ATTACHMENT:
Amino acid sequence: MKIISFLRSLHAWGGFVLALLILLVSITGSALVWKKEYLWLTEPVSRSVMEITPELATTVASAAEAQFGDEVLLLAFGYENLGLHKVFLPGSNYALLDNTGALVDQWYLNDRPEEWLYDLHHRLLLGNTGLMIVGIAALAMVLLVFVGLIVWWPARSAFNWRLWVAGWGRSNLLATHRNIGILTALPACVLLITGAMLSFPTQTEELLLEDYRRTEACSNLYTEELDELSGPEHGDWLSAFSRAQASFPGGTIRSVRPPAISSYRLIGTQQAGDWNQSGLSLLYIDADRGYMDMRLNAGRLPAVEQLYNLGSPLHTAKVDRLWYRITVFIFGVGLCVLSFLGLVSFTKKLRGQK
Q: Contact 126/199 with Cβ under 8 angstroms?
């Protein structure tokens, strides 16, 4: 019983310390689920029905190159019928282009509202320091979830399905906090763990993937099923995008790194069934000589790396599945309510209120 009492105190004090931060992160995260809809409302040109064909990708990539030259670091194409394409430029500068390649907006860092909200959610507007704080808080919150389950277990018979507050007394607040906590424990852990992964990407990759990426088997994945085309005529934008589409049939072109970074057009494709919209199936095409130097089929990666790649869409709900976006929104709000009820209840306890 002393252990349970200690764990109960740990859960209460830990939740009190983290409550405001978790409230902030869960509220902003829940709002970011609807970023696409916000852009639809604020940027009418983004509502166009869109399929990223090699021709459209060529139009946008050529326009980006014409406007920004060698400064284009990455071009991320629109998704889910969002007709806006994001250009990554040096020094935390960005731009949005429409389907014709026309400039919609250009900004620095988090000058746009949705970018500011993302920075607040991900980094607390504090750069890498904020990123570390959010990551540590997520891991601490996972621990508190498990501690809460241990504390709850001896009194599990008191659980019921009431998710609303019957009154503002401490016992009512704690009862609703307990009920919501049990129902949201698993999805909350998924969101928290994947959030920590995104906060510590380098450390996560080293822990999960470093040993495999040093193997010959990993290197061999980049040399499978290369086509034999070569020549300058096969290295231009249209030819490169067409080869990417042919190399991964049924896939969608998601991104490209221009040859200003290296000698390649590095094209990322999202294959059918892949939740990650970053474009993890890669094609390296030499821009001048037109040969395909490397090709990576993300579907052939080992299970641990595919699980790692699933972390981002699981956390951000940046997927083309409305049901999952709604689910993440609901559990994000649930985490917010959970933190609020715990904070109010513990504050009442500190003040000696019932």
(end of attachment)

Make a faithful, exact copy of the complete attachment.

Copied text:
Amino acid sequence: MKIISFLRSLHAWGGFVLALLILLVSITGSALVWKKEYLWLTEPVSRSVMEITPELATTVASAAEAQFGDEVLLLAFGYENLGLHKVFLPGSNYALLDNTGALVDQWYLNDRPEEWLYDLHHRLLLGNTGLMIVGIAALAMVLLVFVGLIVWWPARSAFNWRLWVAGWGRSNLLATHRNIGILTALPACVLLITGAMLSFPTQTEELLLEDYRRTEACSNLYTEELDELSGPEHGDWLSAFSRAQASFPGGTIRSVRPPAISSYRLIGTQQAGDWNQSGLSLLYIDADRGYMDMRLNAGRLPAVEQLYNLGSPLHTAKVDRLWYRITVFIFGVGLCVLSFLGLVSFTKKLRGQK
Q: Contact 126/199 with Cβ under 8 angstroms?
């Protein structure tokens, strides 16, 4: 019983310390689920029905190159019928282009509202320091979830399905906090763990993937099923995008790194069934000589790396599945309510209120 009492105190004090931060992160995260809809409302040109064909990708990539030259670091194409394409430029500068390649907006860092909200959610507007704080808080919150389950277990018979507050007394607040906590424990852990992964990407990759990426088997994945085309005529934008589409049939072109970074057009494709919209199936095409130097089929990666790649869409709900976006929104709000009820209840306890 002393252990349970200690764990109960740990859960209460830990939740009190983290409550405001978790409230902030869960509220902003829940709002970011609807970023696409916000852009639809604020940027009418983004509502166009869109399929990223090699021709459209060529139009946008050529326009980006014409406007920004060698400064284009990455071009991320629109998704889910969002007709806006994001250009990554040096020094935390960005731009949005429409389907014709026309400039919609250009900004620095988090000058746009949705970018500011993302920075607040991900980094607390504090750069890498904020990123570390959010990551540590997520891991601490996972621990508190498990501690809460241990504390709850001896009194599990008191659980019921009431998710609303019957009154503002401490016992009512704690009862609703307990009920919501049990129902949201698993999805909350998924969101928290994947959030920590995104906060510590380098450390996560080293822990999960470093040993495999040093193997010959990993290197061999980049040399499978290369086509034999070569020549300058096969290295231009249209030819490169067409080869990417042919190399991964049924896939969608998601991104490209221009040859200003290296000698390649590095094209990322999202294959059918892949939740990650970053474009993890890669094609390296030499821009001048037109040969395909490397090709990576993300579907052939080992299970641990595919699980790692699933972390981002699981956390951000940046997927083309409305049901999952709604689910993440609901559990994000649930985490917010959970933190609020715990904070109010513990504050009442500190003040000696019932």